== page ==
"EULEX represents an important, I would say even a capital, step in a difficult, chaotic situation," French foreign minister Bernard Kouchner, whose country currently holds the six-month rotating EU presidency, told journalists on Monday, announcing the deployment.
EU foreign affairs chief Javier Solana added: "We are co-operating very constructively with the Serbian government and also with Pristina. So, I hope very much that we will turn a page tomorrow [Tuesday] in the development of EULEX."
The EU's Kosovo mission is the largest deployment ever mounted by the bloc. It will be composed of some 2,000 individuals, starting with 1,400 international and 500 local people from today, reaching some 1,900 international and 1,100 national members by spring 2009.
The mission was established on 4 February this year as "a technical mission that will mentor, monitor and advise [in the rule of law area - specifically in the police, judiciary and customs areas] whilst retaining a number of limited executive powers."
EULEX has already faced problems and delays, as Serbs and Kosovars failed to agree on what its mandate should be and where it should operate.
Following Serb protests, UN Secretary General Ban Ki-moon last month proposed a six-point compromise plan that would clear the way for the mission to begin, but that also weakened the EULEX mandate, and stressed the mission would remain "neutral" as regards Kosovo's status.
This in turn provoked protests among Kosovars, who felt this went against their country's sovereignty - after nine years of UN governance, Kosovo proclaimed unilateral independence from Serbia in February, a move Belgrade never recognised.
Both sides agreed to co-operate fully with EULEX in November, but still disagree on some points, and Pristina still categorically opposes the elements of the plan that are neutral to its status.
EU calls on Croatia to speed up reforms
Separately, the 27 EU foreign ministers meeting in Brussels on Monday also assessed the progress towards the EU of the western Balkan countries and Turkey.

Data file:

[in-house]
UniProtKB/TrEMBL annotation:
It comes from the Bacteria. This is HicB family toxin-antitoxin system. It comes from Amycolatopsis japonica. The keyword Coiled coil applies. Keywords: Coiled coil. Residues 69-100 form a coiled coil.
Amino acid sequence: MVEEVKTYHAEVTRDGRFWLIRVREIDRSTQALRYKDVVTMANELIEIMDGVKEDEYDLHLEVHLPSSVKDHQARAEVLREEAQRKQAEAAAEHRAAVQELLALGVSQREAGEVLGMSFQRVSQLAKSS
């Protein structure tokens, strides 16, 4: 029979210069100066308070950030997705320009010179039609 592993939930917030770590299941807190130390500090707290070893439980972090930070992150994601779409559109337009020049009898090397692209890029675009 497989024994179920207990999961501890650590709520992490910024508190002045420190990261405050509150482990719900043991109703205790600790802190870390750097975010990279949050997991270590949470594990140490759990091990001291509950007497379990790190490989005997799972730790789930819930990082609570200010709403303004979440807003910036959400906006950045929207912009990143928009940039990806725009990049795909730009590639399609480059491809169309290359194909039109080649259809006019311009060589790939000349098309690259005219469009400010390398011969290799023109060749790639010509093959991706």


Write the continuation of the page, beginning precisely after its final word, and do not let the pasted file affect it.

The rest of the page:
In particular, they called on Croatia to make additional efforts in judicial, administrative and economic reform, the fight against corruption and organised crime, the protection of minorities, the return of refugees, and the prosecution of war crimes.
However, Zagreb's long-running border dispute with its neighbour and EU member Slovenia is one of the crucial elements that "make things drag a little" as far as Croatia's EU accession is concerned, one diplomat said.
In October, Slovenia blocked Croatia's accession talks over a 17-year-old row about their common sea and land borders, as it had concerns that documentation offered by Croatia in the talks could be prejudicial to the outcome of the dispute.
"Slovenia supports Croatia's EU membership as long as it doesn't harm our national interest," Slovenian Prime Minister Borut Pahor told journalists in Brussels last week.
"If we can find [a] solution, then probably Slovenia will have no reservations on supporting further negotiations between Croatia and the EU," he added.
On Monday, Mr Kouchner said he had been "surprised" by the level the problem had reached.
"We must take the time to talk to our friends ...to calm down," and solve this issue, he added.
The EU is hoping for a breakthrough by 19 December, when it had planned to open new chapters of both Croatia's and Turkey's accession packages.